Jump to content

Hisserdude

Forum Supporter
  • Content Count

    4,123
  • Joined

  • Last visited

  • Days Won

    205

Everything posted by Hisserdude

  1. Thanks for reading! šŸ˜„ Interesting, if they are the "Gold" strain, ask if there's any more specific locality information! All I know is these came from China, no more specific locality other than that.
  2. Very similar to Pseudoglomeris magnifica, but noticeably smaller and with several little differences that could make this an undescribed subspecies or something... Adult females:
  3. @Cariblatta lutea has kept this species before, and may be able to help you out. They may need a winter diapause, but I'm not sure...
  4. Very nice, glad they're breeding so well for you! šŸ˜
  5. Bit overdue on showing these off here, but thanks so much to @Peter Clausen for sending me a pair of this amazing, giant, iconic Blattodean!!! šŸ˜ I believe these are L4 nymphs. They're so dang cute! ā˜ŗ
  6. Yes, they're very beautiful! Well good news, they're also found in Yunnan, Fujian and Guizhou China. Thanks, will do!
  7. I've got a sexed pair of nymphs of these beauties, fingers crossed they breed for me! šŸ¤ž
  8. Yeah it'd get gross quick. Could just have a few of them in a tank at a time, but they are rather secretive so I don't know how cool of a display that'd be.
  9. Just got a starter culture of these beauties, hopefully I can breed them successfully! šŸ˜ Here are a few crappy pics of a small nymph, they are ever so hyper and difficult to photograph... šŸ˜‚
  10. That dark subadult matured into a dark adult male: They're doing fine still, hopefully I'll see some babies soon!
  11. I've got mine in a very well ventilated bin, with a thin layer of coconut fiber for the substrate, one third of the enclosure kept moist, the rest pretty dry. They like bark for hides, and females appreciate having rotten wood to bore into to make brooding chambers, though you can make artificial ones or just make sure there's some good bark piles in the humid area of the enclosure instead. They also like it pretty warm for breeding. Favorite foods would be bananas and artificial pollen, followed by apples and chick feed. I have a full caresheet here.
  12. Problem with Epilamprids and semi aquatic setups is they produce so much frass, and a lot of them don't like filth buildups even on normal substrate... But their waste would foul the water very quickly in captivity, which would be annoying to deal with, and they do best with flowing water BTW, as most semi-aquatic Epilamprids live by streams, not still bodies of water.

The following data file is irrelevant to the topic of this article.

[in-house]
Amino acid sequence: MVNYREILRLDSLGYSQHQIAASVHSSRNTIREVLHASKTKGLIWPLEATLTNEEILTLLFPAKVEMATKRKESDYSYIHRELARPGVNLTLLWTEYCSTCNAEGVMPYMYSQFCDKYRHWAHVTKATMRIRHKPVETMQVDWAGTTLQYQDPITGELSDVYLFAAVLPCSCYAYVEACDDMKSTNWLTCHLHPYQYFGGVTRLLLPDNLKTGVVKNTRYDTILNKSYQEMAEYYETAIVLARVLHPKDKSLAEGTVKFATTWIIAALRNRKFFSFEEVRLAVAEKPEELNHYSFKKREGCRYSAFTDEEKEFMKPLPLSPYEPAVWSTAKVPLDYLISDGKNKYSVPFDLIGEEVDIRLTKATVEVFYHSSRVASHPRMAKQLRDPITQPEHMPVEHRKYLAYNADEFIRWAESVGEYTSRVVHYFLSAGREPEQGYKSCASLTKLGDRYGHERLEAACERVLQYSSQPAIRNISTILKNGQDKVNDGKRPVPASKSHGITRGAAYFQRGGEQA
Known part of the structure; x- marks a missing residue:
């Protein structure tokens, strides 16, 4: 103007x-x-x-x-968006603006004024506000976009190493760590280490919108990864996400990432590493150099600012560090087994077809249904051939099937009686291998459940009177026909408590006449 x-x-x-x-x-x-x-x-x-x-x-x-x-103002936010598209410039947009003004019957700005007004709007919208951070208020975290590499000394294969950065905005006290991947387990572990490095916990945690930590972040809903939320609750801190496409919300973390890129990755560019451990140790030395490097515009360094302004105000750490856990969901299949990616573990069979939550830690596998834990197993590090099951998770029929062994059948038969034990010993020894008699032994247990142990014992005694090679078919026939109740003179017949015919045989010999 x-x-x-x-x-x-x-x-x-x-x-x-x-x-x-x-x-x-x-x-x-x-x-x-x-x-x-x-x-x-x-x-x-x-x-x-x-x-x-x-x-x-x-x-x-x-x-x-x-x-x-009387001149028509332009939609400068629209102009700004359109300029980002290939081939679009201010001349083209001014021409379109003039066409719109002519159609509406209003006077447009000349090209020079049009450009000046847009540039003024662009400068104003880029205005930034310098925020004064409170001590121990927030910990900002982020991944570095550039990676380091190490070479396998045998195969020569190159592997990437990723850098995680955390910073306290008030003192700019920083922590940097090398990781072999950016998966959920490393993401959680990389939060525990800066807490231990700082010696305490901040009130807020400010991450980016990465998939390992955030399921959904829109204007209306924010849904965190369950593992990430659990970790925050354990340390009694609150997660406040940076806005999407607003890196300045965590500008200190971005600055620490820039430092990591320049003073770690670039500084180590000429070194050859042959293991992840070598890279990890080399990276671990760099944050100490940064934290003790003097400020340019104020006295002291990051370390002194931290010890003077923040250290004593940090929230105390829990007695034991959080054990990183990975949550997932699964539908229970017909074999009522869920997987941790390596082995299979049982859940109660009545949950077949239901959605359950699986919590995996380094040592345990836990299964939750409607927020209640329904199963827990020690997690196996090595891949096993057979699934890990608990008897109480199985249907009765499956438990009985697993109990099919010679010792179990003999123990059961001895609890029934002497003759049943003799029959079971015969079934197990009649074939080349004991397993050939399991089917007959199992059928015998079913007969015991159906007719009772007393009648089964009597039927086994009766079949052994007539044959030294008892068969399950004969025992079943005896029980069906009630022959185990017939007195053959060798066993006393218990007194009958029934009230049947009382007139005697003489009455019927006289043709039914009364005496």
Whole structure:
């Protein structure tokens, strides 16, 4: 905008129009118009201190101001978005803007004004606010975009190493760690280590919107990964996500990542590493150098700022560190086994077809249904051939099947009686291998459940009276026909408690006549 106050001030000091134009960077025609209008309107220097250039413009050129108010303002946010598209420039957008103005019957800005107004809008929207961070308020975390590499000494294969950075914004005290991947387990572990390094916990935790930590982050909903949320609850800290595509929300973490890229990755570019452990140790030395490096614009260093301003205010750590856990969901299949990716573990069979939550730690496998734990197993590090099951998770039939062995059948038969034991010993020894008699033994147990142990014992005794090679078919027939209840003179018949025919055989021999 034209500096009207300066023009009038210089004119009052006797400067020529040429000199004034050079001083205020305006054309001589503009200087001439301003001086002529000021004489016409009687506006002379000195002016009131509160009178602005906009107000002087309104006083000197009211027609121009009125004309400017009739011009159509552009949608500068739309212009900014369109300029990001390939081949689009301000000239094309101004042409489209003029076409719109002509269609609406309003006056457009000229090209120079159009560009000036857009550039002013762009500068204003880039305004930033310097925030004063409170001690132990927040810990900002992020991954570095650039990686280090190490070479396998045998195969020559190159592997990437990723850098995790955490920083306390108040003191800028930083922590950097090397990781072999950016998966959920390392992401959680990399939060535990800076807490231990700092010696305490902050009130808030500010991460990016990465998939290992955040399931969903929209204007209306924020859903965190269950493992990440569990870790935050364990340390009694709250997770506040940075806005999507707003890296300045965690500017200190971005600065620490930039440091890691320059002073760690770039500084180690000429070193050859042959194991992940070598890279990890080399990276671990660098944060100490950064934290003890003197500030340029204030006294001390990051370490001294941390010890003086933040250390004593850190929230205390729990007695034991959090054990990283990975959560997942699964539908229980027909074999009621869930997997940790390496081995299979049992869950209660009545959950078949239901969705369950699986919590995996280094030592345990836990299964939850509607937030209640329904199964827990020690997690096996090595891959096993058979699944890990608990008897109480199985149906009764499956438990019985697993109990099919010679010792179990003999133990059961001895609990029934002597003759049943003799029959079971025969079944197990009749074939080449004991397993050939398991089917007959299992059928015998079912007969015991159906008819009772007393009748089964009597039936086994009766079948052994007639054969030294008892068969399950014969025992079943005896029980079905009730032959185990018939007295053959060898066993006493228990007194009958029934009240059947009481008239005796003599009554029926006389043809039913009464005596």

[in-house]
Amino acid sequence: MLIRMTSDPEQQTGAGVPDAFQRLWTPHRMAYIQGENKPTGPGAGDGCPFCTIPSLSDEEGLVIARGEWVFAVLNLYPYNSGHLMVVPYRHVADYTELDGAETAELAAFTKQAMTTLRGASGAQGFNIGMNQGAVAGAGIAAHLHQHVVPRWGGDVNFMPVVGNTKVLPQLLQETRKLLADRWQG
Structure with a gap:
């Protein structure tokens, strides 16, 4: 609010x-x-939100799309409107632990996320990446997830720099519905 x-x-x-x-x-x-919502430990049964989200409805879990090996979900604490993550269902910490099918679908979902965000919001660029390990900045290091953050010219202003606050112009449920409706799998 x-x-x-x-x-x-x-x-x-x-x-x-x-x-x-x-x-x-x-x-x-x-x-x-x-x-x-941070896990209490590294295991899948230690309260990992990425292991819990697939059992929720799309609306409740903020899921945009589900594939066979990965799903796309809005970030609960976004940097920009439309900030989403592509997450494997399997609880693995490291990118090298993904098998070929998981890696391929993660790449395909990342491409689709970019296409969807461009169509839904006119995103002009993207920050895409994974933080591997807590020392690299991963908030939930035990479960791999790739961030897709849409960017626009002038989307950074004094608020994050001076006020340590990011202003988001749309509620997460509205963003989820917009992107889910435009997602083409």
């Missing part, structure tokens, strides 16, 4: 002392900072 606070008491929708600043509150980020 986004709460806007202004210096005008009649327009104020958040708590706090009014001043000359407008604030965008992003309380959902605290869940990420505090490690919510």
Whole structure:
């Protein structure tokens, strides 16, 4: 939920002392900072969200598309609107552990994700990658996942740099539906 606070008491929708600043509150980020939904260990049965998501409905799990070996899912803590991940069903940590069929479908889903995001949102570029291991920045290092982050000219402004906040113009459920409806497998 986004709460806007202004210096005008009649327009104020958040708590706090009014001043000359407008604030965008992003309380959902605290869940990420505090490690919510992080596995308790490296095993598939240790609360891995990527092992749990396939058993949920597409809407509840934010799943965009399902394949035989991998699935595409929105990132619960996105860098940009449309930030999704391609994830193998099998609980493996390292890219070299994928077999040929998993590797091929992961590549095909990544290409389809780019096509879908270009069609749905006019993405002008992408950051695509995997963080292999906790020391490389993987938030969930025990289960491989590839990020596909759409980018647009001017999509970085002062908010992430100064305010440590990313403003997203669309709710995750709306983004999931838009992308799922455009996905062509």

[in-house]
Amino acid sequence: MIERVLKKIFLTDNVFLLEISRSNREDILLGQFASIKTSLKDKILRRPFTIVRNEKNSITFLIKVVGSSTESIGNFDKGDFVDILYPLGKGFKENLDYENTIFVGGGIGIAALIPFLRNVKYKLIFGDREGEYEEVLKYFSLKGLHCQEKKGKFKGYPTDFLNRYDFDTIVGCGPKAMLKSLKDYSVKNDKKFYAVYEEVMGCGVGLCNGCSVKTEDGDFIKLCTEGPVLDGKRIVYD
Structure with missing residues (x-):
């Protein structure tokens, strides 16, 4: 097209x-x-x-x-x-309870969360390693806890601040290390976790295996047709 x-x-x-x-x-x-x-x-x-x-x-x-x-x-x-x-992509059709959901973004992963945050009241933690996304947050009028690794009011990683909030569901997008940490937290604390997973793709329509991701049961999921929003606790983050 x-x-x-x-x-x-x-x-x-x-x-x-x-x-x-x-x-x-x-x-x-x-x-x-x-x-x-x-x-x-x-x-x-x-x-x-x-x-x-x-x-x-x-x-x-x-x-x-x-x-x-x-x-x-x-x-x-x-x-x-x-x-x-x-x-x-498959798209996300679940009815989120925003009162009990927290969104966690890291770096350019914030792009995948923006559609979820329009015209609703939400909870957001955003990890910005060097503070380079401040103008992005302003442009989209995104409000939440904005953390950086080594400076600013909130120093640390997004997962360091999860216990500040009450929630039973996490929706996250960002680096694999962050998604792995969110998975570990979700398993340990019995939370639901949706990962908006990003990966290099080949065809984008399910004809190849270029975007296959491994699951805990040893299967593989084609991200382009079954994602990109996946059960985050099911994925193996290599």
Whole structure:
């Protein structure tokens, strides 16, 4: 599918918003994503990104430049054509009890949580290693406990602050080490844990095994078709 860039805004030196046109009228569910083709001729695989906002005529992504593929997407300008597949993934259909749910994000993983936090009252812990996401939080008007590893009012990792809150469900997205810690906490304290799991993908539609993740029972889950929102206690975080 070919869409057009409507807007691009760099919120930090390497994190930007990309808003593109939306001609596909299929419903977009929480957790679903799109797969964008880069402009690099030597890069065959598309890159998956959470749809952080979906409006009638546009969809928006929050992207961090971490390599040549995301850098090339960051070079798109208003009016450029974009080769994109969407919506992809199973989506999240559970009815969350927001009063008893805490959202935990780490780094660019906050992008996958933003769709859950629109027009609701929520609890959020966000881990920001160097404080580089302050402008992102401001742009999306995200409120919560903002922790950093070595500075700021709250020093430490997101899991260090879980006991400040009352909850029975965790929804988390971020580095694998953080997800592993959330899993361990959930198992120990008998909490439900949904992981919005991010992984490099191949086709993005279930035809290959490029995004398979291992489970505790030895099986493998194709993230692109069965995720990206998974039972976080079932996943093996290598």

13. Whoops, the morph name is LLE Mahogany, not LLC lol. See here: https://www.roachcrossing.com/for-sale/roach/all/common-hisser/ Probably the same exact mutation/morph as yours IMO.
  14. That is an interesting looking individual, is this from a pure portentosa colony? Looks kinda similar to the "LLC Mahogany" morph isolated from pure G.portentosa.
  15. Care is the same as for adults, though they may dry out a bit easier, also nymphs are fantastic escape artists, so make sure you have an airtight lid, and that there's no ventilation holes big enough for them to escape from.
  16. Yeah heat pads/cables do dry the substrate out pretty quickly, I'd put the moist area on the opposite end of the heat source.
  17. He might be a bit too far north for most Arenivaga spp, but he might have some native Parcoblatta, Pseudomops, or Ischnoptera in his area.
  18. Parcoblatta don't seem to irritate people with roach allergies, generally like things humid, and some are very prolific and easy to breed, like P.fulvescens. Would make great feeders for leopard geckos IMO.
  19. I believe they like it pretty humid, warm, and appreciate fruits and pollen/artificial pollen in their diet. Overcrowding/filth buildups may potentially lead to colony crashes, as with some other similar Ectobiids.
  20. Hisserdude

    MHC

    You mean those big white bulbs on the feet? Those are it's tarsal pads, which help it grip smooth surfaces, like plastic.
  21. Hissers do definitely like it warmer, and most won't breed unless temps are at or above 75FĀ°, (approximately).
  22. I'm basing that assessment off of the description of a lectotype male of Gromphadorhina grandidieri, which describes the males as having black thoracic segments, and a purplish brown abdomen, which closely matches the individuals identified as grandidieri by George Beccaloni. See my comment on this topic: Unless that paper is dead wrong, and George Beccaloni (@Megaloblatta?) erroneously identified that live male pictured on the CSF as grandidieri, then it would seem that the tiger hissers in the hobby are not very similar to grandidieri at all. I'll ask around and see if I can't f
×
×
  • Create New...